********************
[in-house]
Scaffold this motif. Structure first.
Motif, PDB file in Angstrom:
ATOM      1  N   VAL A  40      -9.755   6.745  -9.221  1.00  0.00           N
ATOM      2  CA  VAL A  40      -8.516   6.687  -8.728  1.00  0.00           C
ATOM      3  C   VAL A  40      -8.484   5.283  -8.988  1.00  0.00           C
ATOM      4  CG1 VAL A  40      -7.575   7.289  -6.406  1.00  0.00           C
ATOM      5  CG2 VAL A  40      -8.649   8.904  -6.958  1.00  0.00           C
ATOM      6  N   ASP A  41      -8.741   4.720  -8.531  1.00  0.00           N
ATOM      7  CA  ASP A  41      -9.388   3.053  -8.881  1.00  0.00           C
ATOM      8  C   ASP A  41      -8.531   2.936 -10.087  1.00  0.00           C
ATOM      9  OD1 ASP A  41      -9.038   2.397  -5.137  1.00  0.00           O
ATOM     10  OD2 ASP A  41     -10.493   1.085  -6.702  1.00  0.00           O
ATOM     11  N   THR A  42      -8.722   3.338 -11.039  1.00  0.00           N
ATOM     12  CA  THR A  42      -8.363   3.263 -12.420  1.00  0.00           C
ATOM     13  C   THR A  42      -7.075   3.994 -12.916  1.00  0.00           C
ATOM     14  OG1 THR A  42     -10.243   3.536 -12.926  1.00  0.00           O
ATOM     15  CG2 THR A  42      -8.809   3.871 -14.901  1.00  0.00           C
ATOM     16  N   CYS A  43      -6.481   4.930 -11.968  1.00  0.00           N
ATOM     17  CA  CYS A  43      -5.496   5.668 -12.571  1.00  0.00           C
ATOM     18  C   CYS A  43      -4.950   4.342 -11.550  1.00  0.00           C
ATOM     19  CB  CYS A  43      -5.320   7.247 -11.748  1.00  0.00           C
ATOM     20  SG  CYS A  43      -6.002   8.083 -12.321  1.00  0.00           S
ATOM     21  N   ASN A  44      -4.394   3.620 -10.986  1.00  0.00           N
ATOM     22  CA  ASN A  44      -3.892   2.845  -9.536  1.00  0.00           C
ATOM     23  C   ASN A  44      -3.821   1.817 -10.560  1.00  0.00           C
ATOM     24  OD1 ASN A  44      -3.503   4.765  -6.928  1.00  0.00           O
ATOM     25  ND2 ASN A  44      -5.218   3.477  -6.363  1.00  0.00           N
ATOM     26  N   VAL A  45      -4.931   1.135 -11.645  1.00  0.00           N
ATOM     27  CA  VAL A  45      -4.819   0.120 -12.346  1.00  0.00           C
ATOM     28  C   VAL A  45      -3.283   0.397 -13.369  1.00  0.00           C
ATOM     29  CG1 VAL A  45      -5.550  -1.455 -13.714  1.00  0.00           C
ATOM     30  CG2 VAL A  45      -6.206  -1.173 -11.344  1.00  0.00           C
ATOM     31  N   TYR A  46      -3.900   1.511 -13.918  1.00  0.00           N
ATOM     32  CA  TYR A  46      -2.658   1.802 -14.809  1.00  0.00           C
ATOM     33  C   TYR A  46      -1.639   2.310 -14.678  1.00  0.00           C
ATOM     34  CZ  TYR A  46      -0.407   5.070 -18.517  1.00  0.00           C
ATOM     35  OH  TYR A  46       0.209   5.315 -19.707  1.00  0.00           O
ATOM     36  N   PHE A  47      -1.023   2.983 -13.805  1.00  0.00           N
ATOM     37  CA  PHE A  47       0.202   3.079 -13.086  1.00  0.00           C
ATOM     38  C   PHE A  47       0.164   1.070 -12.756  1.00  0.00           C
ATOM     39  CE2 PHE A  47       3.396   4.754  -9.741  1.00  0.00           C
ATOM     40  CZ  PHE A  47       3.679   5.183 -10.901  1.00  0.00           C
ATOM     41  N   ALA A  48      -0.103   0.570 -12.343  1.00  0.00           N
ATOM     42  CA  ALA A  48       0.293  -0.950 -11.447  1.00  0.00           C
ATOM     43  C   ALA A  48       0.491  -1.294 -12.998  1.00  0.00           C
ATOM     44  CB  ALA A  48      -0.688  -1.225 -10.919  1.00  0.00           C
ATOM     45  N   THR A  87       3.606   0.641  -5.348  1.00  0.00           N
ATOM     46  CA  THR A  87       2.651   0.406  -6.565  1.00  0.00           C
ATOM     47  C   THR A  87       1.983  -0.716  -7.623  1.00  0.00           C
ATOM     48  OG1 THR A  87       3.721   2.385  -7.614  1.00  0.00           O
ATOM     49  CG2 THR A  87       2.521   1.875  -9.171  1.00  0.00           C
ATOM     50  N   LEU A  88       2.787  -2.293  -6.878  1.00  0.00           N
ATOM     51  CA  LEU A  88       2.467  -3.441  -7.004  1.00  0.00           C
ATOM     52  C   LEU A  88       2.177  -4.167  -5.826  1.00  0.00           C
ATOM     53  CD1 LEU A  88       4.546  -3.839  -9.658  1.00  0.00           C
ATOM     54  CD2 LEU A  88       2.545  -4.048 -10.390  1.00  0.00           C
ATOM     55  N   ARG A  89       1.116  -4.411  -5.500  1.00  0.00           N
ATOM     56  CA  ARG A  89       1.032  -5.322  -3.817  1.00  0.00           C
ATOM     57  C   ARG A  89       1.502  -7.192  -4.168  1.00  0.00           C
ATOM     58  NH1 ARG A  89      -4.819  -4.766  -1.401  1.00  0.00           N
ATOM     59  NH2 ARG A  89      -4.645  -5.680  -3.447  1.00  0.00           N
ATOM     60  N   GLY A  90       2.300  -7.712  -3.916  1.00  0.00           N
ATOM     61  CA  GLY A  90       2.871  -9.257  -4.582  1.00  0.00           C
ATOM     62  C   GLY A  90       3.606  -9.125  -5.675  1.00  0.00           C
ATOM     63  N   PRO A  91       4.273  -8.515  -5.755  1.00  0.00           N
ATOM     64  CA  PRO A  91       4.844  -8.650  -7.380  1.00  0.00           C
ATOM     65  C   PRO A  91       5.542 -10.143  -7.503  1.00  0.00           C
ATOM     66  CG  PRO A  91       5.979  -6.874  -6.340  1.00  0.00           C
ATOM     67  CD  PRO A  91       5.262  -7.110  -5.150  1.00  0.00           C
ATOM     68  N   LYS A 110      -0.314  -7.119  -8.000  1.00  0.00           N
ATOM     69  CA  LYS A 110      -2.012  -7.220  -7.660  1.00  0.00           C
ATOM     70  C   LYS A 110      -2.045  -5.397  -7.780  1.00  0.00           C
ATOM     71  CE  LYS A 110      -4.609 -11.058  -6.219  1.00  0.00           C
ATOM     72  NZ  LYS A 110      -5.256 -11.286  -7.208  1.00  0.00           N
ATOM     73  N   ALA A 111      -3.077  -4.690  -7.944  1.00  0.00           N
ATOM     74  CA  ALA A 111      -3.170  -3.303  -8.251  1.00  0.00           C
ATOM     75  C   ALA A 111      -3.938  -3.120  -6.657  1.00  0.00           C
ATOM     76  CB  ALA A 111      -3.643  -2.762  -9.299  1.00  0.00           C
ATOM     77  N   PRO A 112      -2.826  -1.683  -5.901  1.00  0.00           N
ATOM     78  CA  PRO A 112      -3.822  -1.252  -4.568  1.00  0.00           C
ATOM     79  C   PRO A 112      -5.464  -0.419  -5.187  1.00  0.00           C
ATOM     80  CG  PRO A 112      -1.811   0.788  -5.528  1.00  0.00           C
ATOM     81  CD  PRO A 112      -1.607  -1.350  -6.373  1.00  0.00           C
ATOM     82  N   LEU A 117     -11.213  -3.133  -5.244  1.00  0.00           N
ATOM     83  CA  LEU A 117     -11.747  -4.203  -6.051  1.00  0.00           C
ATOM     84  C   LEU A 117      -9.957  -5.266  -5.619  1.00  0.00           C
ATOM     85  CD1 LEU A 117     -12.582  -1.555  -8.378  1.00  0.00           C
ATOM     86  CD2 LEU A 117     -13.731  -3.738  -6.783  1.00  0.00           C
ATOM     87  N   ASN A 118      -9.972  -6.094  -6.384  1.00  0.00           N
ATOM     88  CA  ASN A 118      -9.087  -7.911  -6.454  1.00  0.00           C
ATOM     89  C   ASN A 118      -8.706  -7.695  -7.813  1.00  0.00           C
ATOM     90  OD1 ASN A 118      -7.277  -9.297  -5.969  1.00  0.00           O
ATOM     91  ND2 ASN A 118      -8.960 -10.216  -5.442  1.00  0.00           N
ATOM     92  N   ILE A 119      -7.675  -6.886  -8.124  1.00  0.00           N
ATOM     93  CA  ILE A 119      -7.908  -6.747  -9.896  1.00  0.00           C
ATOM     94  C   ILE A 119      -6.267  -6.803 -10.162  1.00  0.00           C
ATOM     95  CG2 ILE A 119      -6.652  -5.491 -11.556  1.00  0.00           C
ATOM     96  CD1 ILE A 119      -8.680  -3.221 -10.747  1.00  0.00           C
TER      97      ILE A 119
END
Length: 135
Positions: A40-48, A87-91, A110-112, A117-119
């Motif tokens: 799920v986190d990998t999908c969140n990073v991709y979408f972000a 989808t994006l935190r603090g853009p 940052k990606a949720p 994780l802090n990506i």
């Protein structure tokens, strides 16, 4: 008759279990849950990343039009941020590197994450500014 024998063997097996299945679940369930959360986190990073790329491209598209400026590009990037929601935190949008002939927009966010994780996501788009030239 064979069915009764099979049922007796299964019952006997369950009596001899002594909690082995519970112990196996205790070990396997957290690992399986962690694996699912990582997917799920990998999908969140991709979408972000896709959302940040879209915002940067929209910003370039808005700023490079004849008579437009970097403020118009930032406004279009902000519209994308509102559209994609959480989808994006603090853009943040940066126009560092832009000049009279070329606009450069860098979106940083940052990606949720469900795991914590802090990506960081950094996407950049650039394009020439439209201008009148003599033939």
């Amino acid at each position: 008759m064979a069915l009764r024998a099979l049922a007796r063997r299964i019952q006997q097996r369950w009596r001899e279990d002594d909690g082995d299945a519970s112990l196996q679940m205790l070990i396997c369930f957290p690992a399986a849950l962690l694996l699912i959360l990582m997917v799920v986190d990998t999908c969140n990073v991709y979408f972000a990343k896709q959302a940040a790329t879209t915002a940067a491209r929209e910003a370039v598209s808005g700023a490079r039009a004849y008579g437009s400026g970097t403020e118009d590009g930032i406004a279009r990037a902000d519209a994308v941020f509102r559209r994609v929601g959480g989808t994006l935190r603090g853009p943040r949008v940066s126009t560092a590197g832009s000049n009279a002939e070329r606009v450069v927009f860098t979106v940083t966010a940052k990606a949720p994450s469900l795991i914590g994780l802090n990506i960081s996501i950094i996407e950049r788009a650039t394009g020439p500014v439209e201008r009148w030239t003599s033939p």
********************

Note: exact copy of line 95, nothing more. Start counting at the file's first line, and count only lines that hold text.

ATOM     92  N   ILE A 119      -7.675  -6.886  -8.124  1.00  0.00           N